As a large PreK to Year 12 college, the ICT roles in my school are owned my a number of staff members, each with a different focus. My role is not a formal leadership role, although I have the opportunity to peer-lead colleagues in their integration of technology. Devolder, Vanderlinde, van Braak and Tondeur (2010)argue “that schools need a facilitator or a change agent”. Led by the Director for Digital Learning and Innovation, Tech Coaches at my school are largely able to lead a learning-focused use of technology as there is a substantial IT Support team to respond to technical issues. Whether multiple roles help or hinder planning and use of ICT is highly context specific and often affected by personalities and agendas; it is also dependent on the leadership management of ICT support teams as inferred by Stuart and Mills (2009). On the whole, staff in my college context are altruistic and collegial and this helps to create a collaborative environment that is not impeded by the challenges of ‘too many cooks’. 

The 2012 Victorian Department of Education and Early Childhood Development eLearning planning resource provides a useful structure for assessing the current situation for ICT integration. We recently became an Apple Distinguished School and in this process, had the opportunity to access our college use of technology against a scaffold of integration in a range from ‘Developing’ to ‘Transformative’. This has helped to define the level at which we are currently functioning as well as where we aspire to. Such a structure helps to formulate a common direction and keep staff on a consistent and focused trajectory. 

I found the Stuart and Mills, “School leaders, ICT competence and championing innovations” article relevant and inspiring. I feel fortunate to be part of an organisation that values a designated role for ICT champions and this is essentially what I am employed to be. I have worked in other schools where my interest in ICT integration was valued, but the time commitment and focused role were not possible/considered necessary.

In  my role, staying up to date and responding to change are critical. My online PLN, engagement with peers on Twitter and university connections have been central to my work in recent years. I think responding critically to new technology and evaluating developments with a pedagogical framework is imperative. Online Professional Learning Networks help us to ascertain the potential successes and pitfalls of new technology integration. We also test new technologies with staff ‘champions’ (Stuart and Mills, 2009) who are competent with the purpose and function of the technology before roll out to the full staff. As I read Start and Mills’ (2009) article, I could envision ways that we could embrace the ICT Champion concept across department areas and with Community of Practice teams further in our organisation to support and assist our colleagues in their ICT integration.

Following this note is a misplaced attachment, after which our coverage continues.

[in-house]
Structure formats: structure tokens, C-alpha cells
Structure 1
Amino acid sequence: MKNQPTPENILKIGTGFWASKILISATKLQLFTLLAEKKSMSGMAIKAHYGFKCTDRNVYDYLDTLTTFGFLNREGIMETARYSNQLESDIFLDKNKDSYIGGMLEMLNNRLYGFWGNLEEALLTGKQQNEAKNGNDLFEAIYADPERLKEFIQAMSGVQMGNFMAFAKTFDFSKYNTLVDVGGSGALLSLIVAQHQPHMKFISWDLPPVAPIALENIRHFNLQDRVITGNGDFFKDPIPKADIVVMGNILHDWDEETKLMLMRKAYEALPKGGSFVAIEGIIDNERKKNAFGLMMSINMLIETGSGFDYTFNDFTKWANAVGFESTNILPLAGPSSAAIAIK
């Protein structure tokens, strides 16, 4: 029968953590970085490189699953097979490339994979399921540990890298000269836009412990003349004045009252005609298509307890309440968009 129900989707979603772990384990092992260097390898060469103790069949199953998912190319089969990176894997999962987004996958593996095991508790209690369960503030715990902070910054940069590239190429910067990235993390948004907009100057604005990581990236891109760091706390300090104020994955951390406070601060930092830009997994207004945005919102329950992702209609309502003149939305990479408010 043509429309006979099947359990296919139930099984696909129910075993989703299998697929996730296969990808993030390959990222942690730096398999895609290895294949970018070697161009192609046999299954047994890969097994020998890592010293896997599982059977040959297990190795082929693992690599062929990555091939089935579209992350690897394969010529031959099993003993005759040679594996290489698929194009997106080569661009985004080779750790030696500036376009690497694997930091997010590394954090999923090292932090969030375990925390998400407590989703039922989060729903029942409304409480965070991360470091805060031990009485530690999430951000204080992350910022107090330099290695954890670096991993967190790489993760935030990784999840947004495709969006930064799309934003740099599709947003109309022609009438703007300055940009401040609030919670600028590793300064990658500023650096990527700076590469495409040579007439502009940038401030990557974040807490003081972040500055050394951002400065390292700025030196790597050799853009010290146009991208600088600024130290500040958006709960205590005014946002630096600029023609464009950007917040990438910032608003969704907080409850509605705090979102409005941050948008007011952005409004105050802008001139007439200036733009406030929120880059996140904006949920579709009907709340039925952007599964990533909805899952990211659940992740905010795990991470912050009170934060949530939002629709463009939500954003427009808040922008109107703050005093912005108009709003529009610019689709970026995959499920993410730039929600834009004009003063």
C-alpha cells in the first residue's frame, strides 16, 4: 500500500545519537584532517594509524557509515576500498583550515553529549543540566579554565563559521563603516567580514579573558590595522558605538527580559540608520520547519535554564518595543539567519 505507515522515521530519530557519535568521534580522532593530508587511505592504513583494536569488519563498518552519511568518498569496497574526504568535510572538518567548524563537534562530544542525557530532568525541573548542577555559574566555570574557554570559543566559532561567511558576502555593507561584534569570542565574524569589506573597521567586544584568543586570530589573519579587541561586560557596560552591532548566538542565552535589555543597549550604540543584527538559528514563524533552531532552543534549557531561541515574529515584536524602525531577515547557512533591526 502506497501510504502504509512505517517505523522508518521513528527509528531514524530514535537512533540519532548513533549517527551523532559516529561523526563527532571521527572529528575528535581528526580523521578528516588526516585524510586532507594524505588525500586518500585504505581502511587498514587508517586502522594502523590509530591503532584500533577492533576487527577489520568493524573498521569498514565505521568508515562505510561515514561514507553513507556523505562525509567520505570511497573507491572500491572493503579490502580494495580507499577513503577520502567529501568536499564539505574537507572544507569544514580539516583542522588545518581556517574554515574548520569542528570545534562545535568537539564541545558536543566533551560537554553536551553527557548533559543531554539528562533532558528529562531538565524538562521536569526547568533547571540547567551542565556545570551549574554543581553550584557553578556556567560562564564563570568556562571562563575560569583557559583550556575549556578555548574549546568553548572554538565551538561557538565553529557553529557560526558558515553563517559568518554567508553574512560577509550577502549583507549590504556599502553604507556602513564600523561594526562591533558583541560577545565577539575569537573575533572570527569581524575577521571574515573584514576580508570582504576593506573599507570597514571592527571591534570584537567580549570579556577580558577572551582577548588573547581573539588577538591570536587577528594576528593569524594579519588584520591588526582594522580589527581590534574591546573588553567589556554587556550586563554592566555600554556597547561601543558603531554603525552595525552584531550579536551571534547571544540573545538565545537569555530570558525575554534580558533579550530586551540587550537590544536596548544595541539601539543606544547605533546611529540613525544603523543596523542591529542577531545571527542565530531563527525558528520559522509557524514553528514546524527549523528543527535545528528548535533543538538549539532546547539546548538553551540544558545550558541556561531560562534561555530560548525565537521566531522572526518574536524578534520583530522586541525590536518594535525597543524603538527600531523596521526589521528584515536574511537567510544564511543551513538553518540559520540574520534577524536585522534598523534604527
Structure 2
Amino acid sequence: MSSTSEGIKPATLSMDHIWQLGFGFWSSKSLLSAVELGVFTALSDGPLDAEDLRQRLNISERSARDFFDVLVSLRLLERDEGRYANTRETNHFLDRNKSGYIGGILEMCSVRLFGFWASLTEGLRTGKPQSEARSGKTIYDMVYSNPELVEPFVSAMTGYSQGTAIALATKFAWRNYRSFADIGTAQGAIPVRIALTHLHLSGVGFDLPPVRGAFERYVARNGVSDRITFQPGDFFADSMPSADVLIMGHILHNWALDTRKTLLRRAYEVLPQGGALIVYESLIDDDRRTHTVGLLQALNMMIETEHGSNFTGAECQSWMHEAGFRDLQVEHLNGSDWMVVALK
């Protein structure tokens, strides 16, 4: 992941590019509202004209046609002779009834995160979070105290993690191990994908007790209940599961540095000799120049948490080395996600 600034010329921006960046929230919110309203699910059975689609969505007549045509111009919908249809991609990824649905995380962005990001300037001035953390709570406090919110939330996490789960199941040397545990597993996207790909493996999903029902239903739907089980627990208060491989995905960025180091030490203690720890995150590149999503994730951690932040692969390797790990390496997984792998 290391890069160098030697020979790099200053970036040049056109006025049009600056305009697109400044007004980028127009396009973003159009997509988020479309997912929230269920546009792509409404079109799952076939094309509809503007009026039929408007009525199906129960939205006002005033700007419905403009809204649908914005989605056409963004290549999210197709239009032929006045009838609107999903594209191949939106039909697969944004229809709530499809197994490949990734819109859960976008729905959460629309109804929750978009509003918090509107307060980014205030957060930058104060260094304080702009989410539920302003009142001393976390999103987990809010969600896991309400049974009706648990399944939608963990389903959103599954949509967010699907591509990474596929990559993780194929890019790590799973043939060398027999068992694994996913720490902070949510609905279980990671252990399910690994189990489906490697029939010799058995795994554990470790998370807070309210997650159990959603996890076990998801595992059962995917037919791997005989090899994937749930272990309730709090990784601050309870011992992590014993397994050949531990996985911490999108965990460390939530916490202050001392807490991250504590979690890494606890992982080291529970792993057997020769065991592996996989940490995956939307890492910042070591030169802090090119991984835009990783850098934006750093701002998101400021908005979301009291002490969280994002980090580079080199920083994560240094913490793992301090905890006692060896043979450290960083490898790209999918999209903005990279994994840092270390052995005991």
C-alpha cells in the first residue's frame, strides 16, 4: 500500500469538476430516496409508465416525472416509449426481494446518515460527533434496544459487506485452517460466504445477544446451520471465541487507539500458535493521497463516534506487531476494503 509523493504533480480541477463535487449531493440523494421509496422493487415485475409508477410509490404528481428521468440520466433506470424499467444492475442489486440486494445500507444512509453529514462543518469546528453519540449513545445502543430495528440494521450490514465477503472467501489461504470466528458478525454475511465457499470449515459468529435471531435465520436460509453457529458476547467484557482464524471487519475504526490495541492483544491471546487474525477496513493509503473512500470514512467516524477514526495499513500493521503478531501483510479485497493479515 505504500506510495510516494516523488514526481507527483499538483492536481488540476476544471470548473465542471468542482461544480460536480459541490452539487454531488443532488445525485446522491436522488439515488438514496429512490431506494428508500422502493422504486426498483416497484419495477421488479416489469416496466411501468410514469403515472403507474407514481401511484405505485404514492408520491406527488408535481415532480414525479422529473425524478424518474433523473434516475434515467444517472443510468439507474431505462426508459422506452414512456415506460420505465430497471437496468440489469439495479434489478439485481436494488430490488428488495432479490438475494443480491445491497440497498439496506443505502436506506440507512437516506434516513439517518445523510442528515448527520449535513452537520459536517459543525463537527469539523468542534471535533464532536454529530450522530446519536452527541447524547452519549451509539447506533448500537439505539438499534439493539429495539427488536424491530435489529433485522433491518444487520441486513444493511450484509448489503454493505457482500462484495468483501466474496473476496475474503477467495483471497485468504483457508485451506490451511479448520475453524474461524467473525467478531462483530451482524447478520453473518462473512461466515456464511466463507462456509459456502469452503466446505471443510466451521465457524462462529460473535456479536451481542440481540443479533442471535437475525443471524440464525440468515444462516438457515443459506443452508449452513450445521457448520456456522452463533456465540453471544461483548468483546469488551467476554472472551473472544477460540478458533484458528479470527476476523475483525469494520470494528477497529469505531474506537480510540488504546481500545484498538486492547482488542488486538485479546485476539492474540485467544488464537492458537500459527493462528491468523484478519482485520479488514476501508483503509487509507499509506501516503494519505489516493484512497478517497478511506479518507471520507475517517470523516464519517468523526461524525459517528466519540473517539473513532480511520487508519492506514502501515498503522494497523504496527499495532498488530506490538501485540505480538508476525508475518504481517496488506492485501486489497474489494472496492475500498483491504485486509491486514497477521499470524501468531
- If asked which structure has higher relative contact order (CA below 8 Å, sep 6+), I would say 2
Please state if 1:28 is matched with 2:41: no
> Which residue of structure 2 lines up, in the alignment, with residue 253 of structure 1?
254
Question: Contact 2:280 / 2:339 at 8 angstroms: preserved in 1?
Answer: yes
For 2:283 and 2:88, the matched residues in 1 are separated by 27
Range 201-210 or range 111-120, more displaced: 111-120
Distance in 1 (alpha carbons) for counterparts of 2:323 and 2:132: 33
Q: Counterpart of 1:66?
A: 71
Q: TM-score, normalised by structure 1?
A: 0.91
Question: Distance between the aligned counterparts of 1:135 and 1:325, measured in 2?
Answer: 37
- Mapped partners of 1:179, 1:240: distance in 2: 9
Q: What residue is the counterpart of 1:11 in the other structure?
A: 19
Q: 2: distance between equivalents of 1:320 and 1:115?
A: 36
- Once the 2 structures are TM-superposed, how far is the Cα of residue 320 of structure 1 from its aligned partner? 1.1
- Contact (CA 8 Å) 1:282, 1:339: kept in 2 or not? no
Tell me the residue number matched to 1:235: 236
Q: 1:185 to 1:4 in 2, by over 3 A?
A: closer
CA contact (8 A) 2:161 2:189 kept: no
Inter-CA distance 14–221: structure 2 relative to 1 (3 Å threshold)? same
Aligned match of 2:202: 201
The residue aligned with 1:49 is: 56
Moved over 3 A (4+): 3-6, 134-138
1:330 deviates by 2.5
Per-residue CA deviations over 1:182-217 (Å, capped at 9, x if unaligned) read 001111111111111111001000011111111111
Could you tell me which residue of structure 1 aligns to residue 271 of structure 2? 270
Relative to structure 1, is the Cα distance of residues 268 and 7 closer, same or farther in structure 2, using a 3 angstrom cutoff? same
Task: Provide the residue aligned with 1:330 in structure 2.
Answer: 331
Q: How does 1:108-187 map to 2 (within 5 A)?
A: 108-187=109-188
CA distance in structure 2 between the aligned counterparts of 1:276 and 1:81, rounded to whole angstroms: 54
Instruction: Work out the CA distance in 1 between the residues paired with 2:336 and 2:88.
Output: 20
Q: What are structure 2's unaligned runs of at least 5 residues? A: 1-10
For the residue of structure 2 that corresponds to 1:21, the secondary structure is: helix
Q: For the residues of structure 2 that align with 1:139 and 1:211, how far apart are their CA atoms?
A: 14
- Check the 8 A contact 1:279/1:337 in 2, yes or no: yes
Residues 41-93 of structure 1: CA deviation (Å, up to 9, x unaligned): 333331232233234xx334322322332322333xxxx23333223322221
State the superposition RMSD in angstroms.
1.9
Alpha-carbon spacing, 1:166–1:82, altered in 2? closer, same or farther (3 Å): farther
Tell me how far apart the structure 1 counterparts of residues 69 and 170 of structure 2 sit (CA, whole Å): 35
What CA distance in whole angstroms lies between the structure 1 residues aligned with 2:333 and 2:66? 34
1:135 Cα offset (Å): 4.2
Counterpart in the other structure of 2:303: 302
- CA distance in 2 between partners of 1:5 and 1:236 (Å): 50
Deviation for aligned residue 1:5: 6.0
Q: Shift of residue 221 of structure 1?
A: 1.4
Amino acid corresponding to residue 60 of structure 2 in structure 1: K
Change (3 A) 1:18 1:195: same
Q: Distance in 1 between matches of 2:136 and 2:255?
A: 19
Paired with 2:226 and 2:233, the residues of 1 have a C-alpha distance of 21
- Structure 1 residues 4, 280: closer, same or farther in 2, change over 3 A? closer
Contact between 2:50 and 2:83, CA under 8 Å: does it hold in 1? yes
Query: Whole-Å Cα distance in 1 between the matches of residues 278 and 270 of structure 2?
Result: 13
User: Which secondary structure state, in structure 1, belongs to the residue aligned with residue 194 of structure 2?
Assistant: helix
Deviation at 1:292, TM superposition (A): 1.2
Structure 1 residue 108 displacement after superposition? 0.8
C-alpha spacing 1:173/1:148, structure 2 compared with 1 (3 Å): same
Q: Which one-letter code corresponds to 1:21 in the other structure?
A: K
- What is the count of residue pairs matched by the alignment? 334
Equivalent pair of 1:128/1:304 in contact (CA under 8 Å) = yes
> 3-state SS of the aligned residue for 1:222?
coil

On a related note, a colleague recently referred me to an article that discusses a current perspective on ICT integration through the new Australian Curriculum Digital Technologies framework (Blannin, 2017). It includes some current insight into the Prensky Digital Native/Immigrant debate (2001). You may also find it useful. 

References 

Blannin, J. (2017). Coding in the classroom: Australian schools are about to introduce the new Digital Technologies curriculum. Retreivedfrom https://pursuit.unimelb.edu.au/articles/coding-in-the-classroom 

Department of Education and Early Childhood Education, Victoria. (2012). eLearning planning & planning support documents. Retrieved from http://epotential.education.vic.gov.au/showcase/resource.php?res_id=592&showcase_id=59 

Devolder, A., Vanderlinde, R., van Braak, J., Tondeur, J., (2010). Identifying multiple roles of ICT coordinators, Computers & Education, Vol.55(4), pp.1651-1655.  

Prensky, M. (2001). Digital natives, digital immigrants. On the horizon, vol.9(5).

Stuart, L. H., A. M. Mills, et al. (2009). “School leaders, ICT competence and championing innovations.” Computers & Education 53(3): 733-741.